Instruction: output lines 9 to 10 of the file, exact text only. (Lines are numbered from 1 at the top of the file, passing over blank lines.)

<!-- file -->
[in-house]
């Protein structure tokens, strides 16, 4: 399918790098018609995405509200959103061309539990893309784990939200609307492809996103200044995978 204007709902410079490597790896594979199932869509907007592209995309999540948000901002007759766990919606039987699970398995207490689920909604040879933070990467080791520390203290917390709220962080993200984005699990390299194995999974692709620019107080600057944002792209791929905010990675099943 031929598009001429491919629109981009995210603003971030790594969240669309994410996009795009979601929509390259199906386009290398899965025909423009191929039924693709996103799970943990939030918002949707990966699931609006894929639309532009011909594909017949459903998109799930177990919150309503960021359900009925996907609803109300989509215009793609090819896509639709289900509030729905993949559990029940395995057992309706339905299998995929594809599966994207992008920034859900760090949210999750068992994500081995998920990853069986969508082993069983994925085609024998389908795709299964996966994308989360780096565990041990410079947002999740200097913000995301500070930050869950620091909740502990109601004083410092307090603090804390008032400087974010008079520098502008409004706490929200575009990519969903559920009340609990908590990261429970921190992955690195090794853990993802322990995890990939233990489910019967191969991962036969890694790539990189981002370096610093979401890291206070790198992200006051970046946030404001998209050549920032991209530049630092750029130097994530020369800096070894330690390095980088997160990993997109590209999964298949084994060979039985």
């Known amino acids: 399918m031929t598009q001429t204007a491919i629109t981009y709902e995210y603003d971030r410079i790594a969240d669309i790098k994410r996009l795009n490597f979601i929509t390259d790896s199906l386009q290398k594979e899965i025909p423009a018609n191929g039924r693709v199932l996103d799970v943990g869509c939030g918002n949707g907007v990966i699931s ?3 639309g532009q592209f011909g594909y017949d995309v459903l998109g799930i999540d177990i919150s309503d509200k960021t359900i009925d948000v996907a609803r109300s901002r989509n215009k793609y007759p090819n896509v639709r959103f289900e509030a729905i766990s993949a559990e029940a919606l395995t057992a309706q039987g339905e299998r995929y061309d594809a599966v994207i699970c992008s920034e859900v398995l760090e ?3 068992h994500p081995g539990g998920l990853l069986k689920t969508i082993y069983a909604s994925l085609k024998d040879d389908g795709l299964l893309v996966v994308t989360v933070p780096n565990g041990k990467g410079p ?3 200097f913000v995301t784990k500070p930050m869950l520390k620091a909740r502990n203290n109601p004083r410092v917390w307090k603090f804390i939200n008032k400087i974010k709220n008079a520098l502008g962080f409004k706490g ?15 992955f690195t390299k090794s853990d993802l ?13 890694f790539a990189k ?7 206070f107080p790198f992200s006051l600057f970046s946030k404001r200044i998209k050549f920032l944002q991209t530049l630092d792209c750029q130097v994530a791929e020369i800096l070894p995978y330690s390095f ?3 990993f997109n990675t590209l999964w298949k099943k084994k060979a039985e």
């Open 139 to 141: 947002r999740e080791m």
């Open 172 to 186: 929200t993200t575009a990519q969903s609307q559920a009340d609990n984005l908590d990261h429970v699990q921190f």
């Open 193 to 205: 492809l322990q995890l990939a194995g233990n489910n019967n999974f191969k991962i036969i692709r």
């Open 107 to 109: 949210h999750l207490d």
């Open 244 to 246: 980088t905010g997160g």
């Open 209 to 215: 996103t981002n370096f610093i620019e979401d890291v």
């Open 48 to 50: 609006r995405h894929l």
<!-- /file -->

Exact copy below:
């Open 209 to 215: 996103t981002n370096f610093i620019e979401d890291v």
């Open 48 to 50: 609006r995405h894929l």